January is basically just opening the first page of a book that you’ve read before
I used to start the year off by making a list of all the things I wanted to achieve by the end of year, and it always felt like such a fulfilling task. To me, I was starting my year right if I put pen to paper and curated a lengthy list of goals (most of which were slightly unrealistic). I fully believed if I wrote these things down then they would all for sure come to fruition, and for those who weren’t- good luck to them because they won’t be elevating. I was on to bigger and better things and ready to girl boss my way into the year ahead with my carefully curated list of goals, that I would for sure be ticking off at the end of year surrounded by all the things I had attained as a result of my manifestation of "the list".
Starting our years off with the pandemic still having its firm grip over us has been kind of a saving grace for me in getting rid of this toxic way of thinking. The new rhythm of welcoming the new year mostly in our homes with more time spent alone, has made me realise how futile this whole "new year new me" is in the absence of shifting your perspective.
"You most likely still have the same phone and are about to start recycling your yearly "winter winter" wardrobe with the exception of the odd new coat and new boots combo."
Yes it’s a new year, but there's actually very little newness in you and your surroundings and that's completely okay. You’re probably still the same weight, you most likely still have the same phone and are about to start recycling your yearly "winter winter" wardrobe with the exception of the odd new coat and new boots combo. The days are short, cold, and gloomy. Your Netflix screen time is at its peak, and all you can think about is how insane it is, that the guy from the puppet master documentary managed to finesse three reasonably sane people into thinking he was an MI5 spy for ten whole years! TEN YEARS!! If that isn't spending the same 24 hours that Beyonce has as efficiently as Molly Mae- I don't know what is.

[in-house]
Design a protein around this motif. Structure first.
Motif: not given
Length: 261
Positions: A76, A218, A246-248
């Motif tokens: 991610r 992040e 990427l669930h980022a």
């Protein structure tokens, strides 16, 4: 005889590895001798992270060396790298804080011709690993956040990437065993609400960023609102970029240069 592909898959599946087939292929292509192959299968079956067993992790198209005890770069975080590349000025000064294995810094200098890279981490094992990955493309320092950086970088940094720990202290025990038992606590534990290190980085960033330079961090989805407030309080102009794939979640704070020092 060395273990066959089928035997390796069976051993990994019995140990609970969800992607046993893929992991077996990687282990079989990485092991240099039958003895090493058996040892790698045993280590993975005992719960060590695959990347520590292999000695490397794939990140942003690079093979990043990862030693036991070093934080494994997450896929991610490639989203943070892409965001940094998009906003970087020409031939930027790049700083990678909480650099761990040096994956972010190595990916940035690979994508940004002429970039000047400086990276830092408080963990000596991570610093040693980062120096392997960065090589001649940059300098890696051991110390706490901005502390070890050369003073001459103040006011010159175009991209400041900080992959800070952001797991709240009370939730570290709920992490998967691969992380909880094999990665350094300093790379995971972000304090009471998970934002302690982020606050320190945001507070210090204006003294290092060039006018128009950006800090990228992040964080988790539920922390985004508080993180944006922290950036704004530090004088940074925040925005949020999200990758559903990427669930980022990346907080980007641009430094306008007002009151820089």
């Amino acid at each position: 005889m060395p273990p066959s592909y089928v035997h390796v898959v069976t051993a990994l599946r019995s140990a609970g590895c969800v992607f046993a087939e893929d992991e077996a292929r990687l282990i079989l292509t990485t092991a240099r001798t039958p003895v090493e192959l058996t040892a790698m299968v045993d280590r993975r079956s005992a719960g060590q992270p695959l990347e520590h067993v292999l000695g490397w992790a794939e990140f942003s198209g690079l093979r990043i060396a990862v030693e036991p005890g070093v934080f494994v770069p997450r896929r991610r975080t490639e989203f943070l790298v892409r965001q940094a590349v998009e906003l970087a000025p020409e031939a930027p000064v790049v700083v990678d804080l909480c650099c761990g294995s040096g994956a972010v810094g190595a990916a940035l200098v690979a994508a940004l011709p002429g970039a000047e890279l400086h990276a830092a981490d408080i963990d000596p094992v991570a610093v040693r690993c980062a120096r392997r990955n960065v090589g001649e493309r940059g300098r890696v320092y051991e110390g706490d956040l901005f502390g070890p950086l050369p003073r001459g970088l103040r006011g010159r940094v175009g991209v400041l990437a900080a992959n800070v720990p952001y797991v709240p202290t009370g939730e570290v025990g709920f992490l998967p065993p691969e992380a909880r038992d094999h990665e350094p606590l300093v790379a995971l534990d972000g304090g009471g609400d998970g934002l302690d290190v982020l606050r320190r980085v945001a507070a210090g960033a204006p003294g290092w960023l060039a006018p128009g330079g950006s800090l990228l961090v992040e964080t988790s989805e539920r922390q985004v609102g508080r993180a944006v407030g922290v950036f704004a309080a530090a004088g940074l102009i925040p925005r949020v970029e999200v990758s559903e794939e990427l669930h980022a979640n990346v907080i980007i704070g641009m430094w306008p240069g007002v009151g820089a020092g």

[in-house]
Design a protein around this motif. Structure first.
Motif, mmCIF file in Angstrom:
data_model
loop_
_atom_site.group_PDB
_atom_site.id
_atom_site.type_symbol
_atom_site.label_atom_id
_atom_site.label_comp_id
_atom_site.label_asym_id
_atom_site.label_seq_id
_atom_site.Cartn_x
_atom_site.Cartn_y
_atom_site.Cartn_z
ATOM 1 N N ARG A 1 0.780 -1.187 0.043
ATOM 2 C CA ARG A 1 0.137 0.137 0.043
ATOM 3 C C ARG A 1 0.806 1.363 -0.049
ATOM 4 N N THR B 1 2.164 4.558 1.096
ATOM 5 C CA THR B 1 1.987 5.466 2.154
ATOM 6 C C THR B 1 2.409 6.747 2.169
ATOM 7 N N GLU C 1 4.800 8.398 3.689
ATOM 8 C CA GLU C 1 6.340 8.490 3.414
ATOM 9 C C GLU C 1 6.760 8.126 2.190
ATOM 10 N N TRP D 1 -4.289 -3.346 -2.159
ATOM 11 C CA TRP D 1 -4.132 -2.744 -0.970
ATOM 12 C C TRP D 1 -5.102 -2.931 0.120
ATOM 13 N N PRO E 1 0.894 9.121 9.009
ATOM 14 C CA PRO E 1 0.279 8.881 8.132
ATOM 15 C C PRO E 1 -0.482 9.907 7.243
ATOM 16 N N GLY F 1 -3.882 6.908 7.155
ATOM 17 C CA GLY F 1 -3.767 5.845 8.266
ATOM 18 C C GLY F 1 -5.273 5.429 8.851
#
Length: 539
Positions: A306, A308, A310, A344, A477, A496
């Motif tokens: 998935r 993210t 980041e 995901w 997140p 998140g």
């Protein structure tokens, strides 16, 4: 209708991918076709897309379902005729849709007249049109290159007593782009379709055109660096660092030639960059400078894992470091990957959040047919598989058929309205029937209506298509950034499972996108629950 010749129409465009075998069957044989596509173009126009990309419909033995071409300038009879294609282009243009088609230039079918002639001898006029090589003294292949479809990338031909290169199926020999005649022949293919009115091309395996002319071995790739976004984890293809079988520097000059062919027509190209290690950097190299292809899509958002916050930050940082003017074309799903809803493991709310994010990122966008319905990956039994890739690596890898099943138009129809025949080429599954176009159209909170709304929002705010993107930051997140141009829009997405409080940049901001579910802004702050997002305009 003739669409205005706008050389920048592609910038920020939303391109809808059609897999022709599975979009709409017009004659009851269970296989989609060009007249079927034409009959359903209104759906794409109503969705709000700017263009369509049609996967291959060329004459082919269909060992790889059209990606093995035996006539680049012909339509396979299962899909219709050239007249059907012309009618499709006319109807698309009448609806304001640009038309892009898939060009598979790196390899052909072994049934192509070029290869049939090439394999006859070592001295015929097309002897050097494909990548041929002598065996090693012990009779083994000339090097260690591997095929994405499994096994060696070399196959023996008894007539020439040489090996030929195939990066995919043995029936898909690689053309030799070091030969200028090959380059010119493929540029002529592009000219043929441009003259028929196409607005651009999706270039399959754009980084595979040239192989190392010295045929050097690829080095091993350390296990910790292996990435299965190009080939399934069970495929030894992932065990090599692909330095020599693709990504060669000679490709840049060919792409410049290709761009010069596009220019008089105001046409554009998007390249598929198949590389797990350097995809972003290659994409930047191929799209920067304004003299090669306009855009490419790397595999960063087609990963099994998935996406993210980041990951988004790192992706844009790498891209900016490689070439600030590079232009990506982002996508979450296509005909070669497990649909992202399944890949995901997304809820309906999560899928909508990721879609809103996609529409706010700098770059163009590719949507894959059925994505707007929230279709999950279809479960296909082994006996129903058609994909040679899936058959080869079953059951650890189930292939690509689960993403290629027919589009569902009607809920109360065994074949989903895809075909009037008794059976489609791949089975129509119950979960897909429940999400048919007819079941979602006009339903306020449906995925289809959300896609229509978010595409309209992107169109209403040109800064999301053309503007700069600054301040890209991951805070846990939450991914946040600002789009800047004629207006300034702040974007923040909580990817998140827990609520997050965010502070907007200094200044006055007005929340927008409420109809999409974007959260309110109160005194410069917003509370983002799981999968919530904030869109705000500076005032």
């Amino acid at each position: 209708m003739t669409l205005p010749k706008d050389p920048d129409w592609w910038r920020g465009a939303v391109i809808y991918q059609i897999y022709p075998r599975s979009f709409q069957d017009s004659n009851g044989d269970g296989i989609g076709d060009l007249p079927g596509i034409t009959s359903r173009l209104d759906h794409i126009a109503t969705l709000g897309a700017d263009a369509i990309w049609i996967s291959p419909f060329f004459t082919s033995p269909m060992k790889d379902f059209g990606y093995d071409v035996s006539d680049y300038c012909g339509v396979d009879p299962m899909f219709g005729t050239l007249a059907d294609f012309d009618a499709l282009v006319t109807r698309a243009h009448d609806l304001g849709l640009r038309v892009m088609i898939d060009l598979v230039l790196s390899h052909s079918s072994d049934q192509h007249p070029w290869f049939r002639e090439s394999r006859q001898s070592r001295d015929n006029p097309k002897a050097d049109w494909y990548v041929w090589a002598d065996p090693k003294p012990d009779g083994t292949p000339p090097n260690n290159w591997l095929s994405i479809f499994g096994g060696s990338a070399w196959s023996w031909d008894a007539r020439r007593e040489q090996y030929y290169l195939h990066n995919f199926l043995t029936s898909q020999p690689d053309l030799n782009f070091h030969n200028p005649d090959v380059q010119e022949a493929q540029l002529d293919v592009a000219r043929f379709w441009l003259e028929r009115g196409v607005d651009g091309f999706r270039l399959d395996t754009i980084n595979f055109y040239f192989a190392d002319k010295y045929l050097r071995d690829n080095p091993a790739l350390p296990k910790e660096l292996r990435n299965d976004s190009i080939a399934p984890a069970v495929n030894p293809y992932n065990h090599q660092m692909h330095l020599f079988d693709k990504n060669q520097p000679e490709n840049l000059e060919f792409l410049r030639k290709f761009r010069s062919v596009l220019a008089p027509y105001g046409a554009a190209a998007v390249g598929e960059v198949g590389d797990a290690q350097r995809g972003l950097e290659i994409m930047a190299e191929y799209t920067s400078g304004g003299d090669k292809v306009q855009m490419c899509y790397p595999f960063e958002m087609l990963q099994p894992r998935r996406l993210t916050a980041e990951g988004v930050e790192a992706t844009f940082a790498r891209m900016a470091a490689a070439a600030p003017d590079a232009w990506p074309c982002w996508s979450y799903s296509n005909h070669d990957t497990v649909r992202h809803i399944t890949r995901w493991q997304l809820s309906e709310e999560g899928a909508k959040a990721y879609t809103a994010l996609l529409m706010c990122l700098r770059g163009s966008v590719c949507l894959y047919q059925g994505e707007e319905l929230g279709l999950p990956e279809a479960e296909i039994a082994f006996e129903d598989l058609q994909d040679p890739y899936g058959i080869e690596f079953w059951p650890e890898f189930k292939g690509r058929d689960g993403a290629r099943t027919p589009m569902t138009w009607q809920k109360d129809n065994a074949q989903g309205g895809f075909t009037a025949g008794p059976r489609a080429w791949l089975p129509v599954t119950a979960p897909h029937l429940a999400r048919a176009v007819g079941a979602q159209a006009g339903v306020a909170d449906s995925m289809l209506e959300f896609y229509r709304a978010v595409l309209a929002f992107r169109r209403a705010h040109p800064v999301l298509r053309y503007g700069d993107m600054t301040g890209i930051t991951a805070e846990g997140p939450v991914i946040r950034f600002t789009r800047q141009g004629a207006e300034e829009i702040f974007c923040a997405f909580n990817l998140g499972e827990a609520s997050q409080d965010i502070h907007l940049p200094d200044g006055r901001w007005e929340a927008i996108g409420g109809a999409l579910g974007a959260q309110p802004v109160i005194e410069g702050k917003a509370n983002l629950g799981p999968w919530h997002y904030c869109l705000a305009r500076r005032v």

I’ve decided to start feeling more comfortable with all this sameness, and stop rushing to check list my way through the year ahead. For the first time in years I have no physical list, just a mental note of the things I’d like and currently working towards, and somehow feel way more motivated about the year than I've ever felt.
So I guess what I’m trying to say here, is that this ritual of literally check listing yourself to a better you needs to be left in 2021. Ditch the list that you think will fast track you to where you need to be, and adopt new ways of welcoming in the new year with less angst and more acceptance. It’s always great to have a plan but always remember that life in your 20s can be extremely volatile. Things happen and don’t happen, but what’s always important is that you're constantly shifting and realigning your mindset. With every book opening comes new experiences, new challenges, and new ways of making sense of the world around you. So take time out to consider whether some of your New Year's rituals are really just things holding you back disguised as self care, and stopping you from actually being kind to yourself.
The Podcast recommendations